I DIYed something all on my own and am quite proud of the end result. So of course I’m going to share it with the rest of you. You couldn’t have possibly thought I would spare you?! Whether you’ll like it or not is a whole different issue and I’m not going there. But I do think this is great for preschoolers and kindergarteners who are starting with basic math or those like mine who seem to enjoy math (for now at least).
I’m no early learning expert but from what I’ve seen my child learn and being taught, I’ve tried to combine basic concepts to teach addition, subtraction etc. and put it all together to come up with this which will keep the kids occupied while they also enjoy and learn math, something I had an extreme dislike for growing up. Now that’s a story for another day, but for today, let’s jump right into learning how to make what I made.
You will need:
- A medium sized, wide cardboard box
- A few sheets of black chart or colored papers or newspaper
- White chart paper/thick card paper
- Glue & tape
- A measuring scale
- Counters (anything in large numbers will work – dry pasta, lego/blocks, wooden blocks, ice cream sticks, coins, etc.)
You start by covering the cardboard box you’re using in colored paper/black chart paper or newspaper. We used black chart paper and some newspaper. This is purely for the aesthetics and is optional.
Now you proceed to make the card holders. Because the room was messy and I didn’t have the patience to set up things to make a video of it, I’ll instead link a video showing you exactly what I did. This is one of the few origami things I remember from my childhood.
You will need 5 of these. I made 2 using 6*6 inch papers, another 2 using 4*4 inch paper and the last 1 using a 7*7 inch paper.
You now need to cut out numbers in thick card paper/chart paper. I made 3*3cm squares and cut six each of the numbers 0-9 and 2 each of the symbols needed i.e addition, subtraction, multiplication, division, equal to, etc.
I made plenty extra because I know we’ll lose one too many without even leaving the boundaries of our house.
Next, draw a number line on a paper until 50-60 or more (as per your child’s current level) and cut it out.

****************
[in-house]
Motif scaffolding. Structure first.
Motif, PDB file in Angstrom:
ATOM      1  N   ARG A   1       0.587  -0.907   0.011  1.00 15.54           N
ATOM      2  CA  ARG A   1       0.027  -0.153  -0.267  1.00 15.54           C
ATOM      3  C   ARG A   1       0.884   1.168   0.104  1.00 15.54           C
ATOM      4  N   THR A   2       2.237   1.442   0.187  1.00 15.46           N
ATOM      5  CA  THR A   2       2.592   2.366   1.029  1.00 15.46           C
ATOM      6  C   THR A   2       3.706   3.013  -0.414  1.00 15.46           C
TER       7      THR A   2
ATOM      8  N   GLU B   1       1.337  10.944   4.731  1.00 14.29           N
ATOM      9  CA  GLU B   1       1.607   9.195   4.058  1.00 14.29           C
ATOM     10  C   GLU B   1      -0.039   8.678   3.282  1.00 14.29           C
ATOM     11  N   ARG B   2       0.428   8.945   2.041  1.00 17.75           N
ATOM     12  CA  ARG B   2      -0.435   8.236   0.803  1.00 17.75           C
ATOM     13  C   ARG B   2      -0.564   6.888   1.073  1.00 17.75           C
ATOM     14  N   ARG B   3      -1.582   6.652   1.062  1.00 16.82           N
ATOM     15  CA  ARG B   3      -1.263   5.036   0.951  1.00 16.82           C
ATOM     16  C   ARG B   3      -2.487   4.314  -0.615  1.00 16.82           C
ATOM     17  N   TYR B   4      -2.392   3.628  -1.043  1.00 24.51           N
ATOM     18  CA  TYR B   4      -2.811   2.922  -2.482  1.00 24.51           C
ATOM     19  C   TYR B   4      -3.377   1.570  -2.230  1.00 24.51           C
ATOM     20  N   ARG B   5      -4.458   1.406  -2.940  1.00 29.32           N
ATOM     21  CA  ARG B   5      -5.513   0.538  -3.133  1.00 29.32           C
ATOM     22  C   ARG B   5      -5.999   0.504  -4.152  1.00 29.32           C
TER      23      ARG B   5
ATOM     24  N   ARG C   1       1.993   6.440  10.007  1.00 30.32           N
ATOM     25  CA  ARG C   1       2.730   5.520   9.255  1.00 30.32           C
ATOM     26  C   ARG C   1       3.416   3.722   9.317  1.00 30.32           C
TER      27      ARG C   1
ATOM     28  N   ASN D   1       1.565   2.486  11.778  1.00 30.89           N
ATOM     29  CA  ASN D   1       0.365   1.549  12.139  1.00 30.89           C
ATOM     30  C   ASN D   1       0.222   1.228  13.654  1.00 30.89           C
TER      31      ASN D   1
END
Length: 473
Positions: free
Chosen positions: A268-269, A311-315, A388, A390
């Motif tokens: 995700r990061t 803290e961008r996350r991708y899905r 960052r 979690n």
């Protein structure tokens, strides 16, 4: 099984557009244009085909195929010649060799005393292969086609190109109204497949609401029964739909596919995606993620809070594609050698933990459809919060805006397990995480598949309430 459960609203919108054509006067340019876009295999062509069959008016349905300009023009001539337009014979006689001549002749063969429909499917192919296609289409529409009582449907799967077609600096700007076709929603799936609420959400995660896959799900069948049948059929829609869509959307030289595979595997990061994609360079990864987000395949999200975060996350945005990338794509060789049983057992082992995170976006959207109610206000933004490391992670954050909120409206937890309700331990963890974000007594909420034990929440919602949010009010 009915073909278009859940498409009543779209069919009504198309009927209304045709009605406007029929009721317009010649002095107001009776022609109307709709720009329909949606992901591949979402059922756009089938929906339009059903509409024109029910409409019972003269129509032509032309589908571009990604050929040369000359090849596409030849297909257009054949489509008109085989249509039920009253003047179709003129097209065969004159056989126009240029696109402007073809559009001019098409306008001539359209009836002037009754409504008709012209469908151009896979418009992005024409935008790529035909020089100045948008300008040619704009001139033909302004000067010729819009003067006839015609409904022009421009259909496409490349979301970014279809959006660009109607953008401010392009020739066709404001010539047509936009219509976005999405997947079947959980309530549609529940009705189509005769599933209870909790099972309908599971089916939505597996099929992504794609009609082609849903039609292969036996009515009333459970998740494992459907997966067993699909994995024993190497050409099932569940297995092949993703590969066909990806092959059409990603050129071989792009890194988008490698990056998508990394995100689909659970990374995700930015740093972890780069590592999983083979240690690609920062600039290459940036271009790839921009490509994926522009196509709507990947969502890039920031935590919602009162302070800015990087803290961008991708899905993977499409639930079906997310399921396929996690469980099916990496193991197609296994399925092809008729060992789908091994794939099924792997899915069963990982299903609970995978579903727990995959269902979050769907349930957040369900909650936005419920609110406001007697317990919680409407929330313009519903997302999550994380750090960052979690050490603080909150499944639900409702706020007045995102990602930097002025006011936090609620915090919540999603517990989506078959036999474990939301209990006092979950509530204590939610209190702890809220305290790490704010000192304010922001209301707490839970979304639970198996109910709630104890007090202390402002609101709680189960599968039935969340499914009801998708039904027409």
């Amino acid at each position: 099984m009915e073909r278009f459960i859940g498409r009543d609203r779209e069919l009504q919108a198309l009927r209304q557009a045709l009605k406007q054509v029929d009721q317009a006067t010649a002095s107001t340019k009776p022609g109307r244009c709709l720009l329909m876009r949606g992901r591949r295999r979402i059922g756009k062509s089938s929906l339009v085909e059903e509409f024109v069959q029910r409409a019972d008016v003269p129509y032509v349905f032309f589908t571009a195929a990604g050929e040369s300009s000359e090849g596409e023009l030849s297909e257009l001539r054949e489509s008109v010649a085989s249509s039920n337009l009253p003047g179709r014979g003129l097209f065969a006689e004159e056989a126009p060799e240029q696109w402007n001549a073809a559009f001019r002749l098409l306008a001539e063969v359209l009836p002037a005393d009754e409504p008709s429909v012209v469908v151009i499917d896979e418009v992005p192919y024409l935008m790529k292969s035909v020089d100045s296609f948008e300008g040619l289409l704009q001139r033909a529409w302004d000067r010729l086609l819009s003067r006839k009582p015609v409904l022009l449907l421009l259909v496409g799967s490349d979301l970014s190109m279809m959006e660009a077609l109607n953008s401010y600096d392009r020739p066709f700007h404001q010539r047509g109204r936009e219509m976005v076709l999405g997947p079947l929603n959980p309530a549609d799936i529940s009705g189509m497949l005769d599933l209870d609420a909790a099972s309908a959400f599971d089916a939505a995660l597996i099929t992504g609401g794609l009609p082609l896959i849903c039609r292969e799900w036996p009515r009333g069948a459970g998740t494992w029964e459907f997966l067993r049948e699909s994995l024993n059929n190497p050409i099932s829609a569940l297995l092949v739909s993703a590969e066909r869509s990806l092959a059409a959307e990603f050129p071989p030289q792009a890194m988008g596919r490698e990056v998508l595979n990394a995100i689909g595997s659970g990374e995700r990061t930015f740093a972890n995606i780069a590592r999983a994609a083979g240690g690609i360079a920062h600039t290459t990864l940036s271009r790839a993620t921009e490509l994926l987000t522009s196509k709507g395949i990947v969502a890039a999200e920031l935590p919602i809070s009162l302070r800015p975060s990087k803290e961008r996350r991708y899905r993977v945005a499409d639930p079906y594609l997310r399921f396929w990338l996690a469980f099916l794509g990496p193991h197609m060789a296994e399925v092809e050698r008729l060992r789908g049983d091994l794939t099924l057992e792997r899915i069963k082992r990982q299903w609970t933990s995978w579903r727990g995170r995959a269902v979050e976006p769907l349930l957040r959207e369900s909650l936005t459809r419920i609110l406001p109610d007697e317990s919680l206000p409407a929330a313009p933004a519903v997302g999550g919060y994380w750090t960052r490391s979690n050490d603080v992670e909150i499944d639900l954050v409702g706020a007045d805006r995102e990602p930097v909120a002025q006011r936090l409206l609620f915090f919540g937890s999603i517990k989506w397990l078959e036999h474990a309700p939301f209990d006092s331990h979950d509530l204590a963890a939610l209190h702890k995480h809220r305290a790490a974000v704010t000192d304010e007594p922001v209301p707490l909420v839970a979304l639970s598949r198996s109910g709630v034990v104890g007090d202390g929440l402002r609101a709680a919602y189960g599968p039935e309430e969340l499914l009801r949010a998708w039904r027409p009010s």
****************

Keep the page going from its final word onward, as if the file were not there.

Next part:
Now proceed to make two or more containers for the number cards, counters etc. I’ve again made these with paper because I remembered how to. Again, I’ve linked a video if you need it. You can of course choose to use smaller (cardboard) boxes that will fit into the bigger box if you have them.
Finally, put everything together using glue and let it completely dry before you let the children play with it (you don’t need me to tell you that!). Since a visual guide will be more helpful here, do check the video below to see how it all came together and how to put this to use.
Although this took a while to be put together (about 3 hours with breaks), especially because of all the cutting and sticking and coloring we did (I didn’t ask for help but was provided with way too much and I had to oblige), this has so far proved be worth the effort (and clean up thereafter).
You can of course customize this to add more features/activities. I’m neither that talented nor creative, so I kept it basic and more in line with what we know and are learningand find interesting at the moment.
I really hope you try and make this or something similar with/for your kid(s). If you do, please do let me know how you liked it and tag me in your creations (but please just conveniently forget to tag me if yours ends up looking much better than mine, okay? Loljk please still tag me, I’d love to see more happy kids).